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Posts Tagged ‘Dassault Systemes

Asking New Questions: the Shropshire Iron Bridge

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Could questions fuel personal and corporate goals?

Toward the end of Free: The Future of a Radical Price (NY: Hyperion, 2009), Chris Anderson cited an example of a bridge in Shropshire, England (p. 213). This bridge was built at the beginning of the Industrial Age (1779), just when builders were shifting from timber to iron as a construction material. But the thinking had not yet shifted to where builders realized iron could be used differently than wood. As a result, the bridge was “wildly overdesigned,” made with iron elements cast separately, and thousands of metal planks fastened and bolted together after the fashion of wooden structures. The bridge is still around today, though much reinforced over the years.

The builders didn’t realize this new material required a very different approach to bring out its strengths. Iron cast in larger sections could take advantage of natural strengths. Small iron castings fitted like wood negated those strengths.

Anderson used the bridge and the bridge-building techniques as an analogy to understand Free. The entire book is a masterful (and thoroughly readable) argument for why the free-to-many-and-paid-by-a-few model works for so many companies today. Anderson also dived into the history of free, along the way citing Lewis Hyde’s The Gift, (a favorite of mine) which describes how gift economies work (hint: gifts tap our genetic pre-disposition toward reciprocation, that is, giving back).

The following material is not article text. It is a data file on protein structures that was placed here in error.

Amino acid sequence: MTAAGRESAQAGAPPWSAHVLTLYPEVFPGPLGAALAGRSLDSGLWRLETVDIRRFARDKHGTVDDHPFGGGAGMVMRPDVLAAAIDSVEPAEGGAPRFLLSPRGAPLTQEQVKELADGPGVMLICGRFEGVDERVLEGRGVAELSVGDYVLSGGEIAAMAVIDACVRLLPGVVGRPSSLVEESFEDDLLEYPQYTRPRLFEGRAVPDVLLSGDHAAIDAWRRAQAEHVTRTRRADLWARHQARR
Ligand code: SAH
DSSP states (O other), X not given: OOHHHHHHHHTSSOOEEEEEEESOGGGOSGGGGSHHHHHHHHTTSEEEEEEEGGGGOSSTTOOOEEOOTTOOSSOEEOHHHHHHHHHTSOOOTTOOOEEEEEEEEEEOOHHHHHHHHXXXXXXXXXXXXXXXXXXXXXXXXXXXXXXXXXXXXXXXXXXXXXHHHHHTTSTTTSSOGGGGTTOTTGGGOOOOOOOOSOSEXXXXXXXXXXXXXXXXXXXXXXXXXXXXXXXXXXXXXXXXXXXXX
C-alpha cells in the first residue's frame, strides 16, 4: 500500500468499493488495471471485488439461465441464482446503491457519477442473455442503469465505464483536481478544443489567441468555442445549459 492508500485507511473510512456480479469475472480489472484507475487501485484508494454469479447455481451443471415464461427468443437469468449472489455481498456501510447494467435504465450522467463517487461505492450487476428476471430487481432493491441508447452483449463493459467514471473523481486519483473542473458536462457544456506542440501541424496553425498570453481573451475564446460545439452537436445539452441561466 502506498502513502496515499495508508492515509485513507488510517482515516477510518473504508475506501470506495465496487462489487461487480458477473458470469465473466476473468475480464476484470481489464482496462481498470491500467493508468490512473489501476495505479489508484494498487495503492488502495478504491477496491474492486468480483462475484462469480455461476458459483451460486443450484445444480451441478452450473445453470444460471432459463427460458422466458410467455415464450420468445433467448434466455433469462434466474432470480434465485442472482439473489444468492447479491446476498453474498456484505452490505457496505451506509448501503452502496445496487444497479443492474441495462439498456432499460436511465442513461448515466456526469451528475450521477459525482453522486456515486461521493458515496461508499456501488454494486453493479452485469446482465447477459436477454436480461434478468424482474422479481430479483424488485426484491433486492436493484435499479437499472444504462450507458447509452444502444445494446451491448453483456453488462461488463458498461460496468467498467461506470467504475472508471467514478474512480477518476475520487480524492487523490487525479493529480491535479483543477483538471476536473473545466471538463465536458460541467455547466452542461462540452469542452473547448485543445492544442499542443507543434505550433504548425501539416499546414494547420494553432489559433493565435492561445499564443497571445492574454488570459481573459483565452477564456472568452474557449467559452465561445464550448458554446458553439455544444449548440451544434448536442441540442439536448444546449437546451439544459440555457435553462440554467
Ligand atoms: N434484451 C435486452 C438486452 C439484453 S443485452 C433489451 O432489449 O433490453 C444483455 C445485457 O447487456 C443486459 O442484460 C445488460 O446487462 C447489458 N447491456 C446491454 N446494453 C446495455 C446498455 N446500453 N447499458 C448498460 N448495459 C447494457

Leaders Lead. Followers Follow. Will Followers Lead?

The point is that new materials, just like new tools, invent or allow or conjure new ways of working. And rather than trying to do the same old things but with newer stuff, we need to sniff out the new goals and new methodologies. In particular—given social media tools—I’m curious how leaders and followers will connect on shared goals.

We’re now well beyond telling each other how to use social media—we’re thumb deep in using all sorts of apps for personal communication. And those tools are quickly working their way into commerce (I nearly always read reviews of products before I buy), into travel, into politics and into our work lives. I would argue the new tools change the way our faith lives work, especially in relation to leading and following.

I keep returning to a phrase I ran into earlier this week, from Dassault Systemes:

If we ask the right questions, we can change the world.

Wise leadership looks for game-changing questions. And those questions come from anywhere—from up, down or outside the organization. It is these questions we’ve not yet addressed that will help us understand the new tools, methods and (even) goals and direction.


Written by kirkistan

September 28, 2012 at 8:54 am

Coursera Learnings: The Close Reading

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Word by word, pay attention to the text

It’s actually what I did yesterday with my visceral response to the Dassault Systemes commercial from Casual Films which appears to have touched a nerve.

Not so long ago I wrote about the Modern Poetry class I’m attending with ~30,000 new friends. We’re watching Professor Al Filreis and a team of dedicated UPenn student TAs react to and discuss Emily Dickinson, Walt Whitman, William Carlos Williams, Allen Ginsberg and others. The class involves a fair amount of dissecting meanings and is lots of fun. And now we are grading each other’s close readings of a Dickinson text. The Coursera machinery for dealing with a massive online open course is startlingly easy to use and even (sort of) personal. Kudos to Professor Al Filreis and team!